Two Years for Two Minutes... TO-TAL-ITY Worth It!

B Y K AT I E W A L D N E R , W A M M E M B E R S E R V I C E S M A N A G E R The Office of Tourism reported that over 261,100 people traveled in Wyoming as a result of the Eclipse, three quarters of these travelers were out-of-state residents. A total of $63.5 million in travel spending can be attributed to this historic event. Along with the people and spending came an increased tax revenue of $1.4 million coming to local governments. You can learn more about the Office of Tourism’s findings by visiting https://www.travelwyoming. com/research/eclipse. Over the past couple of months I’ve reached out to Wyoming’s cities and towns and have heard, “was a huge success,” “it brought our community together,” “the collaboration was what made it so successful,” “no silos, this was OUR project” a shared message echoing across the Cowboy State from community leaders sharing their experiences of this past summer’s celestial event. I’ve compiled stories from around the state that are about how success, accomplishment, satisfaction, confidence, trust and enjoyment were achieved out of connection with others. We saw communities supporting other communities and assisted each other for a common goal, and did so in a collaborative and energetic manner. With a great outcome of providing eclipse viewers a spectacular show and a hospitable place to visit. I believe that is at the heart of Wyoming communities. We are inextricably connected to one another, and to our environment. People with few resources, but great determination and optimism can accomplish just about anything. We all know this. I hope you enjoy the stories our members have taken the time to share and remember the connectiveness that brings us together. There is power in numbers. We are stronger together than as individuals. Collectively, we represent the great majority of Wyomingites.


Planes taxiing the runway at Torrington Municipal Airport

On a normal day, the Torrington Municipal Airport might see four to five planes land on their runway. During the eclipse event, 135 planes touched down to see totality from the ground. Kelly Matlock from the City of Torrington said, “Celebrity Johnny Depp and someone from Disney were just a few of the folks that watched totality from our airport. This was an amazing event for our community and all the visitors were so wonderful. Pioneer Park was packed and all the areas that the City opened up were cleaned up by the individuals that stayed there!”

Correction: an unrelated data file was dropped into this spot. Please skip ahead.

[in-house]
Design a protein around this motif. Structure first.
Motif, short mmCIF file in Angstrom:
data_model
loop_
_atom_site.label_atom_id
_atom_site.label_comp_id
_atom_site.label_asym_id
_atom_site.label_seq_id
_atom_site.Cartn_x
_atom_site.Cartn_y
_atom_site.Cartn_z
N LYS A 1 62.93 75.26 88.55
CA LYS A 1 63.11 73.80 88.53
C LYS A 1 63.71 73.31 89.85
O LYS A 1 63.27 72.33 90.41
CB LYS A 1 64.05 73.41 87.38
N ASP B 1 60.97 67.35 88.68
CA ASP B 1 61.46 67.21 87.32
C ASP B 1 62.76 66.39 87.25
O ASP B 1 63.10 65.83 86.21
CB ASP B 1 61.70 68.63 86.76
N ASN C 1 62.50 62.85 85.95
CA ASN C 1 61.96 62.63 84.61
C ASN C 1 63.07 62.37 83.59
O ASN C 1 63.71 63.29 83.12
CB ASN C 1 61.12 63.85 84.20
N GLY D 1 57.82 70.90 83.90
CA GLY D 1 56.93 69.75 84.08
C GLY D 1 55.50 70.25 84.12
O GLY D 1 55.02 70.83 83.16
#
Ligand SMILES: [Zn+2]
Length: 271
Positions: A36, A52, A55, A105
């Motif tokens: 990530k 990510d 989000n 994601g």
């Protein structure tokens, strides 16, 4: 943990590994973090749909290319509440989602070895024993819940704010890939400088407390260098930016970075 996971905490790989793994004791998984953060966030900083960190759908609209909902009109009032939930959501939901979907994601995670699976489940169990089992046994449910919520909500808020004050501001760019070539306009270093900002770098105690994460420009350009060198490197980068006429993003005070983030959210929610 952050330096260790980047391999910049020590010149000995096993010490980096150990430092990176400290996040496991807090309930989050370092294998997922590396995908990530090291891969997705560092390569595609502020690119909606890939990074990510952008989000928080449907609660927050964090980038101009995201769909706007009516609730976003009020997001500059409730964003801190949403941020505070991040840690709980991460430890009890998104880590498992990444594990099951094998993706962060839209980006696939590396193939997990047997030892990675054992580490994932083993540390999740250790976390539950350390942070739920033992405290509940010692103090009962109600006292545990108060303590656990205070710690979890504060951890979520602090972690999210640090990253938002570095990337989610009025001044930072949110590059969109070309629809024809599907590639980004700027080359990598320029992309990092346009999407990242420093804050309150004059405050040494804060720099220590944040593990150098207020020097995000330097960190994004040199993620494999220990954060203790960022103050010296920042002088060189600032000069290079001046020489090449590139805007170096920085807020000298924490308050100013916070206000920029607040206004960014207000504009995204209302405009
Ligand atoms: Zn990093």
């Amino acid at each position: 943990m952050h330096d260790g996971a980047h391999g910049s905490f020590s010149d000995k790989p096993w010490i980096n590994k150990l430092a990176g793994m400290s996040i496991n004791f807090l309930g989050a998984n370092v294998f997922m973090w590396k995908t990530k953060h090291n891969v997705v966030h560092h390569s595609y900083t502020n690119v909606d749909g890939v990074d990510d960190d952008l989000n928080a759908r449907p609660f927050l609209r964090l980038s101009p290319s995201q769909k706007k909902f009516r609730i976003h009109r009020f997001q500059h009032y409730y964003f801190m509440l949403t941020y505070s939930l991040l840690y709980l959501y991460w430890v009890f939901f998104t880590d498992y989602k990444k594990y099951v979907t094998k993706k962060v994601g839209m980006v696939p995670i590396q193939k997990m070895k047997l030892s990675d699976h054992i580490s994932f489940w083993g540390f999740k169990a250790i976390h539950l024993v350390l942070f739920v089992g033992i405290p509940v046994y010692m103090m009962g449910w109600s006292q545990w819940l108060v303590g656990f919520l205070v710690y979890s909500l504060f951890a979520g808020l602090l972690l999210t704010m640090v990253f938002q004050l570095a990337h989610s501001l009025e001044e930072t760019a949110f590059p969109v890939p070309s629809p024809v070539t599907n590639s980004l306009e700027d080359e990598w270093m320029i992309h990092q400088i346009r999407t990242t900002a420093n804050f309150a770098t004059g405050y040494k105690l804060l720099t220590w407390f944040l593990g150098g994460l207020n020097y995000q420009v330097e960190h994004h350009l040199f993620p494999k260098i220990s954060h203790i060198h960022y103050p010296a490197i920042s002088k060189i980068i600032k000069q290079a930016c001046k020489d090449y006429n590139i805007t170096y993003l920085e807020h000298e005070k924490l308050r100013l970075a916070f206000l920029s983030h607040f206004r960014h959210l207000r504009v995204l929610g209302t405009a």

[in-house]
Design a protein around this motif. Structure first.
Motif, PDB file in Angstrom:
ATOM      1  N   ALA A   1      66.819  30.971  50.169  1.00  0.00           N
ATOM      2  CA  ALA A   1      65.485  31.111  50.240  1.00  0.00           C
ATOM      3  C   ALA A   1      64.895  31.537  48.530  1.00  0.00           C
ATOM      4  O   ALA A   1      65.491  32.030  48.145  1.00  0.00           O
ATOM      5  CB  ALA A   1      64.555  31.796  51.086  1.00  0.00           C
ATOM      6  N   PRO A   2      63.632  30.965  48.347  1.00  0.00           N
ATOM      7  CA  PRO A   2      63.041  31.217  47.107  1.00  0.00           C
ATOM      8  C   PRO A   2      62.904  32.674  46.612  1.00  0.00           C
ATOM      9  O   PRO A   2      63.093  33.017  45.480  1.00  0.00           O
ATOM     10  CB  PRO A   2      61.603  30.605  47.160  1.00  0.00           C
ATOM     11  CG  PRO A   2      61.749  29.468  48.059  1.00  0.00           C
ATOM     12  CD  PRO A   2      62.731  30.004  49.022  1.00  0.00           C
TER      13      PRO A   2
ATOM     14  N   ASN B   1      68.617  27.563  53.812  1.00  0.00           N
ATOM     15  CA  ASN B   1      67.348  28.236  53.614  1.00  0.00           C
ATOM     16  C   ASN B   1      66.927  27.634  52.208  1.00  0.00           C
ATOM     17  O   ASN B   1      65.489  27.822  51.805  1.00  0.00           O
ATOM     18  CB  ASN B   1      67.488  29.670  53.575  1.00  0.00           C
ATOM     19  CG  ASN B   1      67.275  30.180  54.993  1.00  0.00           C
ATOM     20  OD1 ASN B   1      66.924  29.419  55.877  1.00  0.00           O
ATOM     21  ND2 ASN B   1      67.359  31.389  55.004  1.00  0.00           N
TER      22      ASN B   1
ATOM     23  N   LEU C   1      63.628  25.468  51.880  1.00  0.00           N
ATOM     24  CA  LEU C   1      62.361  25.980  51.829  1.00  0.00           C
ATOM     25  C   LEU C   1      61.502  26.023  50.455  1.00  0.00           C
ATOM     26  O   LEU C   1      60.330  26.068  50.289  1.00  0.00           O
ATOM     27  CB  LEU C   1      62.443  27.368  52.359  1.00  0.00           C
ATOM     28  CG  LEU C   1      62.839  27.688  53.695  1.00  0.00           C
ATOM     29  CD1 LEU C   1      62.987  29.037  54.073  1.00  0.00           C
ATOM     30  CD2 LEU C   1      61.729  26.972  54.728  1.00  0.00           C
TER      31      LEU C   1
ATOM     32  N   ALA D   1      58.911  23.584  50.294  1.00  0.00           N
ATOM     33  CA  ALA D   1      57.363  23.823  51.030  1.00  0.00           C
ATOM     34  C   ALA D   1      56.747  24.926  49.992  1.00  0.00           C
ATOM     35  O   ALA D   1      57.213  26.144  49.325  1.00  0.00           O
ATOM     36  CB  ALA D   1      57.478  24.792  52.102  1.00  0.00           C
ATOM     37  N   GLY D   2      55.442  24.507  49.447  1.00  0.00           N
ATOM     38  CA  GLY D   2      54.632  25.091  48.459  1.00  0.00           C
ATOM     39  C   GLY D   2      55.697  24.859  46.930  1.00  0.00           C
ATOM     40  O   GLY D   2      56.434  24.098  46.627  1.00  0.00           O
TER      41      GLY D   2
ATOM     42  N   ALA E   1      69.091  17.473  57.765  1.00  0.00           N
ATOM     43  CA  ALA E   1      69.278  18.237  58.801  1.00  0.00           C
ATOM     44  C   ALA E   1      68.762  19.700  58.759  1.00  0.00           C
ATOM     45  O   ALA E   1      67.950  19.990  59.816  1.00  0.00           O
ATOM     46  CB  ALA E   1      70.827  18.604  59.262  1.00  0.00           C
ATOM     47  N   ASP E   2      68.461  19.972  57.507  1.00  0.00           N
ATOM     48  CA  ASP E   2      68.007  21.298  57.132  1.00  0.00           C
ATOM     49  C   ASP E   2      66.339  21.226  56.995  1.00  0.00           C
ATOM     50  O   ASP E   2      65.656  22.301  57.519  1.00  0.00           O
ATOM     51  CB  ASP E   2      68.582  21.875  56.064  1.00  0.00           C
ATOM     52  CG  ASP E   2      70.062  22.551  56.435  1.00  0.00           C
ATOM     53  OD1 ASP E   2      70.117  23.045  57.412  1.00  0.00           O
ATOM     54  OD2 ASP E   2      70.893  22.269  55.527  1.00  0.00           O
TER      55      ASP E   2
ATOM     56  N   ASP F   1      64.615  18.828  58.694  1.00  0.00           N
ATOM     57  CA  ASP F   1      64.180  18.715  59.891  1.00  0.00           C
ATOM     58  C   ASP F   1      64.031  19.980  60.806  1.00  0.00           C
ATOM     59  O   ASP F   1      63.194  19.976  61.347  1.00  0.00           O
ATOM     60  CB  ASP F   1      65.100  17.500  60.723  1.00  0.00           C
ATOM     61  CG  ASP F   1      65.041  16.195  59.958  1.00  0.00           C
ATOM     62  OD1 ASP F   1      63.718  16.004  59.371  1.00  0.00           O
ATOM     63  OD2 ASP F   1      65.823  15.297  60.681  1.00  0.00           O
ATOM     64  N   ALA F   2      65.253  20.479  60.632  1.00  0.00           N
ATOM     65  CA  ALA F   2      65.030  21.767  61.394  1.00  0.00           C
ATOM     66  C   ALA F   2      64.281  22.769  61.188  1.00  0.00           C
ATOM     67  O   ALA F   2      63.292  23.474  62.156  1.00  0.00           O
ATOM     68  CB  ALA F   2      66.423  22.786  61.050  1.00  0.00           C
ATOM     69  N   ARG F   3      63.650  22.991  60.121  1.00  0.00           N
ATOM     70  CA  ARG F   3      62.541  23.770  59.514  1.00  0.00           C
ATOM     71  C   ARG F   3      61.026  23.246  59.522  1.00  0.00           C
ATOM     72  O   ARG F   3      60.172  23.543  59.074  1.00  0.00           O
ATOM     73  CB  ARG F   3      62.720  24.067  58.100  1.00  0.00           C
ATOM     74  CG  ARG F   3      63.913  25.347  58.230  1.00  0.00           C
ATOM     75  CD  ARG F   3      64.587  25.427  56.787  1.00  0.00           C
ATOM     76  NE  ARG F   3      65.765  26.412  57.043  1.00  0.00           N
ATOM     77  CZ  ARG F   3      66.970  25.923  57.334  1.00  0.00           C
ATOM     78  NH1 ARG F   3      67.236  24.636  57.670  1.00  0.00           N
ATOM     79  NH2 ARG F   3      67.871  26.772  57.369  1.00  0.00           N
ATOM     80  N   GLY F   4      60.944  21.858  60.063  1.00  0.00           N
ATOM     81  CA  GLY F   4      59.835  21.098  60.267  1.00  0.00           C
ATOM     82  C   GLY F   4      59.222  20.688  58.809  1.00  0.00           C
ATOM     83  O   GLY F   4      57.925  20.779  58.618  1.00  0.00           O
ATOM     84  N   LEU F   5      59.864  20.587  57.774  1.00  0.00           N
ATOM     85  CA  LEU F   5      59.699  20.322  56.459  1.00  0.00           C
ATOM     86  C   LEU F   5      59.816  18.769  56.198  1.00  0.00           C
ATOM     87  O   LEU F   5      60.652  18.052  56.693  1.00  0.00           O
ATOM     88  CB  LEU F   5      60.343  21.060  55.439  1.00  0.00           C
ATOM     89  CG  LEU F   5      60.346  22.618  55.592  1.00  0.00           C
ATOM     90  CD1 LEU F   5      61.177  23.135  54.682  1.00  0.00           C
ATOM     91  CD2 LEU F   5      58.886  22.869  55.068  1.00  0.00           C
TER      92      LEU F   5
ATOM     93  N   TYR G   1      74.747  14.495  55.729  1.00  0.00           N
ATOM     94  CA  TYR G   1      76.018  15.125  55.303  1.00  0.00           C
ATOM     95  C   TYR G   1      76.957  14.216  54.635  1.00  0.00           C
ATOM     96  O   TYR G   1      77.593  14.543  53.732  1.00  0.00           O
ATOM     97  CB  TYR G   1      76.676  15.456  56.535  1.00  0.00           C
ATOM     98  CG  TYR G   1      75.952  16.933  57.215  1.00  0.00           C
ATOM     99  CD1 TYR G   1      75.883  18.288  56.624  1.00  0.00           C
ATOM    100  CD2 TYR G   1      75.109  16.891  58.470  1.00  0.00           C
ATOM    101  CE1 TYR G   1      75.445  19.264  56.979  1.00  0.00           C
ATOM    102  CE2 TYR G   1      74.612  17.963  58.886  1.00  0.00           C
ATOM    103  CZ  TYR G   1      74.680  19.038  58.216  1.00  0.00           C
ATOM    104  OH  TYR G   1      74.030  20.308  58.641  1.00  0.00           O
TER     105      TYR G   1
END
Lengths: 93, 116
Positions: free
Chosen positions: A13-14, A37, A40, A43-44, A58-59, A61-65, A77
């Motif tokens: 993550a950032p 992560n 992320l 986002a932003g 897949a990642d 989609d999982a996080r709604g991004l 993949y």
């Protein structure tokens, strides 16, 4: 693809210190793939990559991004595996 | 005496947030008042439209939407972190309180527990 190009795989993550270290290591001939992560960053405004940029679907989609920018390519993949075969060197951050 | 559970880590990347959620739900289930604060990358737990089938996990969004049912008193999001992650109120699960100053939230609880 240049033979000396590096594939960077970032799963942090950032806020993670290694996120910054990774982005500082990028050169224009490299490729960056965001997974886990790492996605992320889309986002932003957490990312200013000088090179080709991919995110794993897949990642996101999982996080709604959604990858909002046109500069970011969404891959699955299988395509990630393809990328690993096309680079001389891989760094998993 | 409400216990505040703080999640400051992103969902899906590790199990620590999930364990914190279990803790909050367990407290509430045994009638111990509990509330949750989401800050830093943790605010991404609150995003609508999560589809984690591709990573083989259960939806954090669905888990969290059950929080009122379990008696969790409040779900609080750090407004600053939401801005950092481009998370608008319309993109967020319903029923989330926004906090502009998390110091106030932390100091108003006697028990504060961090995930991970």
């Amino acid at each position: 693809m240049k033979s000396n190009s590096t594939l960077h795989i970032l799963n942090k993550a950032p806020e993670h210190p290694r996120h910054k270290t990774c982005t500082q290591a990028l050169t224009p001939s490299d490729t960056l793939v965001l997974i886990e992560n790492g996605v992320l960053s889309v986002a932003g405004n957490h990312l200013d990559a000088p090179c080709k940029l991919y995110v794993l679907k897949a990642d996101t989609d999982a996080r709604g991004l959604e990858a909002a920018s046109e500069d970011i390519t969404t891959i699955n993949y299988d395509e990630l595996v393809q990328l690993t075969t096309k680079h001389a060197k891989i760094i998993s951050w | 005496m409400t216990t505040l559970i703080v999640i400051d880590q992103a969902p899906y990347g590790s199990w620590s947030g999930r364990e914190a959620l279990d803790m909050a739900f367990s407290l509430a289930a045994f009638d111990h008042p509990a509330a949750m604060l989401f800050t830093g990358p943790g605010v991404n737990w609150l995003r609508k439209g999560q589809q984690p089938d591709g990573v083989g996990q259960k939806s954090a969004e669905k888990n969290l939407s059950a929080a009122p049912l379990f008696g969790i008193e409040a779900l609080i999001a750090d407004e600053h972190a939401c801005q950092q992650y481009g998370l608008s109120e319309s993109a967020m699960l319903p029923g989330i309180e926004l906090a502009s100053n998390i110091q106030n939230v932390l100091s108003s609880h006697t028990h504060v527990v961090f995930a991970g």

We create solutions that build better communities

Airports • Buildings • Development Industrial • Natural Resources Surveying • Training Centers Transportation • Water/Wastewater

CASPER: 307-577-0450 | CODY: 307-587-6281 | GILLETTE: 307-685-3780 | SHERIDAN: 307-672-9310 11

Educators & Students embrace Learning Opportunities This August, Council Member Todd Quigley of Newcastle shared that three science teachers and eight students traveled down to Guernsey State Park to camp out during the eclipse event and conducted some neat experiments. “We are so fortunate to have educators like Mr. Stith, Mr. Scribner, and Mr. Beam, shared Quigley. “They really went out of their way to make sure our students had a great experience with learning opportunities that they will remember for life.”

These adventure seekers created Project NOVA (Newcastle Observation Venture Association) and planned to conduct three main activities during the terrestrial event. The first project was capturing footage for the National Solar Mr. Stith demonstrates to students how to align one of Observatory through the Citizen CATE (CONTINENTALthe public telescope with the sun. Students allowed folks America Telescopic Eclipse) Experiment. Partnering with in the area to view the moon as it eclipsed the sun. the University of Wyoming and NASA these students and teachers learned how to run one of 68 identical telescopes, software and instrument packages that were spaced out along the 2,500-mile path of totality. Each site produced more than 1,000 images! The goal of CATE is to produce a scientifically unique data set: high-resolution, rapid cadence white light images of the inner corona for 90 minutes. The second project was lead by two students that developed a telescope that could detect cosmic rays. Cosmic rays are atom fragments that rain down on the Earth from outside of the solar system at the speed of light and have been blamed for electronic problems in satellites and other machinery. The students have discussed publishing their findings and plan to carry out the initial trial runs with a prototype detector by the end of the school year. The third project was perhaps the simplest, but the biggest hit. Students set up basic telescopes and were asked to reach out to people in the area to allow them to take a closer look at the sun! Newcastle Science Teacher, Mr. Stith shared, “This was a great project for the students, they had to research how to build a telescope and perfect their social skills by interacting with the public. It was really neat to watch some of the students break out of their comfort zones a bit and everyone really had a great time!”